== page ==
The title of the oldest living
former St. Louis Cardinals player was held by one man for over two years.
However, Freddy Schmidt passed away
in November. A right-handed pitcher who appeared in 1944, 1946 and 1947 with
Schmidt lived to the age of 96.
The new titleholder as the oldest
living former Cardinal is Bill
Endicott, age 94. The outfielder, then 27 years of age, appeared in just 20
games for the 1946 Cardinals after returning from service during World War
Those who held the title before
Endicott and Schmidt are as follows. In 2010, Don Lang, the 95-year-old former third
baseman from the 1948 club, left us. Herman Franks, then 95, passed away in
2009, preceded by 96-year-old Don
Gutteridge in 2008 and Ernie
Koy, aged 97 upon his death in 2007. 100-year-old Lee Cunningham passed in
After Schmidt, the oldest
Cardinals who died during the course of this past year were Bud Byerly at 91 and Cliff Chambers, age
In terms of the living player who
played for the team the longest time ago, 92-year-old Stan Musial holds the distinction. “The
Man” first arrived in the bigs in September 1941. Red Schoendienst, who debuted in April
1945, is second on this list.
January 4: Paul Faulks, age
The former Navy man fought in
World War II and Korea and in his later years, spent
two decades with the Cardinals in a number of roles before retiring in 1987.
Most notably, Faulks was the head administrator of the Cards minor league
January 21: Cliff Chambers, age 90
“Lefty” came up in the Cubs
system. After serving in the Air Force during World War II and two more seasons
in Triple-A, he joined Chicago in 1948 before moving to Pittsburgh. After
throwing a no-hitter during his 2 ½ seasons with the Bucs, he was dealt to the
Cardinals in a salary dispute. The seven-player deal included Joe Garagiola
heading east. Chambers finished his MLB career with St. Louis in 1953.
January 26: Bud Byerly, age
The right-handed pitcher, one of
the last few surviving members of the Cardinals' 1944 World Series champion
club, passed away in St.
Louis. Eldred William Byerly pitched 21 seasons in
professional ball. That included parts of 11 years in the majors from 1943-60
with St. Louis, Cincinnati, Washington,
Boston and San Francisco mostly as a
February 11: Gene Crumling, age
A catcher from Pennsylvania, Crumling’s
entire Major League career consisted of six games for the 1945 Cardinals, during
which he collected a lone hit in 12 at-bats. He was called up to back up Del
Rice when starter Ken O’Dea was injured. Crumling returned to the minors until
retiring in 1952 at the age of 33. Oddly, the right-handed thrower was known as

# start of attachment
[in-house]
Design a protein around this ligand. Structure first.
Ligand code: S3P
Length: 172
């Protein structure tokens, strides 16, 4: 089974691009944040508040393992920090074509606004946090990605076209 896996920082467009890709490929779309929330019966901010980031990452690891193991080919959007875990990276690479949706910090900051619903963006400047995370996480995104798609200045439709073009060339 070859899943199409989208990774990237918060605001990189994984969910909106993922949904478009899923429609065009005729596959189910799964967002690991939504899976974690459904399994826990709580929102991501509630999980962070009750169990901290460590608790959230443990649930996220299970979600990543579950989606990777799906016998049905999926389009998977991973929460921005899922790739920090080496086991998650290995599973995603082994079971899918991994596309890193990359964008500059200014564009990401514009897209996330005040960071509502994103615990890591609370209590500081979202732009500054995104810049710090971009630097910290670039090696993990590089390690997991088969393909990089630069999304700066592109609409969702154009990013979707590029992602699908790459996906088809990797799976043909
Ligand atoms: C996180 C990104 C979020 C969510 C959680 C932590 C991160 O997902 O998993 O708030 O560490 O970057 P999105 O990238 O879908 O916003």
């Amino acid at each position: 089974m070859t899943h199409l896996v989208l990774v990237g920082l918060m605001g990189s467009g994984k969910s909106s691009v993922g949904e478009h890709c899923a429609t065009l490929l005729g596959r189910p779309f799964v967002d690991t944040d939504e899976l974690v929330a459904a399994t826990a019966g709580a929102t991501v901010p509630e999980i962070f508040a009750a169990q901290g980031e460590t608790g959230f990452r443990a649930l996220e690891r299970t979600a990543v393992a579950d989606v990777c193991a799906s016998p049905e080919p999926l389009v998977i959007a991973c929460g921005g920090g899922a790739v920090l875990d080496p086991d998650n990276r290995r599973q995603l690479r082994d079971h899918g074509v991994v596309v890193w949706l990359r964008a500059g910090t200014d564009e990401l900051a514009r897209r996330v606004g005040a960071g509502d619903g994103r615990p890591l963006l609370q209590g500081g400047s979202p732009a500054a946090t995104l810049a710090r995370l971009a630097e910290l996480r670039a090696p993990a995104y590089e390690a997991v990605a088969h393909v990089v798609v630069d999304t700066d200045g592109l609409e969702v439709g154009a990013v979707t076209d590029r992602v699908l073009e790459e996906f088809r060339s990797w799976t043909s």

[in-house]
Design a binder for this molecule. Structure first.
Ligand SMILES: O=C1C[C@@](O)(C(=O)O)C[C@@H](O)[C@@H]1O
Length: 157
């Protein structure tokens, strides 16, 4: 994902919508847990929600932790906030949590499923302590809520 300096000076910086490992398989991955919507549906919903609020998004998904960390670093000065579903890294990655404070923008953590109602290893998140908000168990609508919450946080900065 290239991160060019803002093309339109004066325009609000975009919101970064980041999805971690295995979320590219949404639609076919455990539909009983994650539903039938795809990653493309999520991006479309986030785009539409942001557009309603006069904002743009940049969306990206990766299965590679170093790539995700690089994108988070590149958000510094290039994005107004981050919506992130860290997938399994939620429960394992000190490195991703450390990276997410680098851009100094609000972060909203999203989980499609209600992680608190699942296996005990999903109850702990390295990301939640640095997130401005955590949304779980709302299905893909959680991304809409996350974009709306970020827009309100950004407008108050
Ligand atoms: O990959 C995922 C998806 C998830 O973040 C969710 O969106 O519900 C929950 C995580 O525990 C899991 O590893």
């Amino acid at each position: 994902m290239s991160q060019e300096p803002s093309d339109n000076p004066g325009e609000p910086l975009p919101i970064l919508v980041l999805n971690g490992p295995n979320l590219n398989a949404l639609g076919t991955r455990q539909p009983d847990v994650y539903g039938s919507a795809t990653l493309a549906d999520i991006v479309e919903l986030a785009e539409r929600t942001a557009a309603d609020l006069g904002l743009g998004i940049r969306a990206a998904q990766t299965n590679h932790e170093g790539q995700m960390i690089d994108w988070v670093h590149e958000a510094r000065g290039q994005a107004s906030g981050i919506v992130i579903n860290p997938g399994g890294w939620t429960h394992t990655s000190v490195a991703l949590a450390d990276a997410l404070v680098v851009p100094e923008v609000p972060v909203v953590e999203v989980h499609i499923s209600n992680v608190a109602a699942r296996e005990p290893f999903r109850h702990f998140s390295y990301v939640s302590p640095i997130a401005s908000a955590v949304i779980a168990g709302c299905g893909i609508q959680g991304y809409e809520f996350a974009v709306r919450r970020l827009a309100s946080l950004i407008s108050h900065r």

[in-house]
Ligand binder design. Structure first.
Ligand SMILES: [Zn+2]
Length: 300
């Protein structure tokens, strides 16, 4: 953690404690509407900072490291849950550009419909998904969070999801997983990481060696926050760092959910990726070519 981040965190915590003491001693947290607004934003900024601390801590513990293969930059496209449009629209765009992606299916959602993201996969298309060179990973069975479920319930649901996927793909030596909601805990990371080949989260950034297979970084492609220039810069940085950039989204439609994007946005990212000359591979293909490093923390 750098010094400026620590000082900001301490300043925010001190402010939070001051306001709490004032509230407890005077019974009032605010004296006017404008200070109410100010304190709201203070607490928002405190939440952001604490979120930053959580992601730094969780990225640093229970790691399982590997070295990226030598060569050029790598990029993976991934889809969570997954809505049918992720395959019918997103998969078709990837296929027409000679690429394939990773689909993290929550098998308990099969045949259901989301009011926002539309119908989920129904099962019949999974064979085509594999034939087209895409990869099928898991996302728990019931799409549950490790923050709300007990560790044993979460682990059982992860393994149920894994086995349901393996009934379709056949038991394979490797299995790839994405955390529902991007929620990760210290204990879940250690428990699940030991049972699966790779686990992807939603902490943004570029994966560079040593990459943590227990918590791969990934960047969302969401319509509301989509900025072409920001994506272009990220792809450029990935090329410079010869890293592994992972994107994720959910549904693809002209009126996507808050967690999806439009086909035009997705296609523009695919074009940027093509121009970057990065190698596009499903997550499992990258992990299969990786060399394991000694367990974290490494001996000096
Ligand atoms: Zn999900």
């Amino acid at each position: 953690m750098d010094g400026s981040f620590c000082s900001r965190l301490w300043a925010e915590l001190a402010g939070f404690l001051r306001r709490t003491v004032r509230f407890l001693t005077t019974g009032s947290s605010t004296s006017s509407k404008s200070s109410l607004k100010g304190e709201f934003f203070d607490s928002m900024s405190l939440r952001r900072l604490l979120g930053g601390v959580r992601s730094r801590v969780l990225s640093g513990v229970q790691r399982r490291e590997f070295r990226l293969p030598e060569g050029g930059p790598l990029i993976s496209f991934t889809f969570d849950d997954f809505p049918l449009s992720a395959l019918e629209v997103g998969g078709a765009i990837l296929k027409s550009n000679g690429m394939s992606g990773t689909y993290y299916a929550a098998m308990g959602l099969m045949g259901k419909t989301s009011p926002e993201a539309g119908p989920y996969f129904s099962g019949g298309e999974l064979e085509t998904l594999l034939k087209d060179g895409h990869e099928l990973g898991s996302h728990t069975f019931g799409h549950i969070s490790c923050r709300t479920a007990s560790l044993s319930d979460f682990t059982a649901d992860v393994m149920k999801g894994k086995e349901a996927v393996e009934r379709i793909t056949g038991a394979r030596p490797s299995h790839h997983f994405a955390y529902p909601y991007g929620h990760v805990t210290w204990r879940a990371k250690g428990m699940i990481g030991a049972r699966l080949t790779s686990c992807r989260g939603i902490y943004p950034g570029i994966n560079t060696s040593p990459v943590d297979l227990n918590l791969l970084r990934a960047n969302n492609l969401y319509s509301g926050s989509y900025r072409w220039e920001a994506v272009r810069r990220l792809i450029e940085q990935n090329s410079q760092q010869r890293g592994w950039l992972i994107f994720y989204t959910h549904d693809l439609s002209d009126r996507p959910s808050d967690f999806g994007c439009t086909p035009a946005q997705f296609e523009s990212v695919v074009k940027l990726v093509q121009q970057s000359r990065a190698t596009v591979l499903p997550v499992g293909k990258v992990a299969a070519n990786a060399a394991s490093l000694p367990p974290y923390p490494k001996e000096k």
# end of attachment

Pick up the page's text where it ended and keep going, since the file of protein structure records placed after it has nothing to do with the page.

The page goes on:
“Lefty,” reflecting his childhood throwing motion.
February 17: Howie Nunn, age
After five seasons in the minors,
the right-hander made the Cardinals’ bullpen in 1959. His ERA was 7.59 ERA in 16
games for St.
Louis before he was returned to Triple-A. In April 1960,
the Cardinals sold Nunn’s contract to Cincinnati. He retired after spending much of
1962 and all of 1963 back in the minors.
May 28: Harry Parker, age
The right-handed reliever had two
short stints with St.
Louis, totaling 25 games in the 1970-71 seasons and again
in 1975. Parker spent most of his MLB time with the Mets and finished his career
with the 1976 Indians.
June 4: Pedro Borbon, age
Most baseball fans remember Borbon
for his bullpen work as a member of the Big Red Machine of Cincinnati in the
1970s. However, the right-hander from the Dominican concluded his 12-year MLB
career with 10 games in relief for the 1980 Cardinals. Oddly, his son Pedro also
finished his major league career as a Cardinal, in 2003.
July 7: Chick King, age
The outfielder appeared in just 45
big league games over five seasons in the 1950’s. He broke in with the Tigers
and also played for the Cubs before wrapping up his major league time by playing
five games with the 1959 Cardinals.
November 17: Freddy Schmidt, age
The right-handed pitcher had a
16-year professional career that included parts of three seasons with the
Cardinals, 1944, 1946 and 1947. Schmidt threw two shutouts for the 1944 club and
added 3 1/3 shutout relief innings in the World Series. He was traded to the
Phillies in 1947, then moved to the Cubs on waivers. He continued to pitch in
the minors until 1953.
November 23: Chuck Diering, age
The local product signed with the
Cardinals in 1941, but missed three years of minor league play due to World War
II. The outfielder reached the majors in 1947 and remained with the Cardinals
for five more years, through 1951. The right-handed hitter then went to the New York Giants for two years and three more with the Baltimore Orioles, finishing
his nine-year MLB career in 1956. Diering spent part of his final season, 1957,
with St. Louis’
Triple-A Omaha club.
Former St. Louis Browns player Les Moss (87) also passed away in
articles: 2011, 2010, 2009, 2008, 2007, 2006
Walton can be reached via email at email@example.com.
Also catch his Cardinals
commentary daily at The Cardinal
Nation blog. Follow Brian on Twitter.
All rights reserved. This material may not be published,
broadcast, rewritten or redistributed.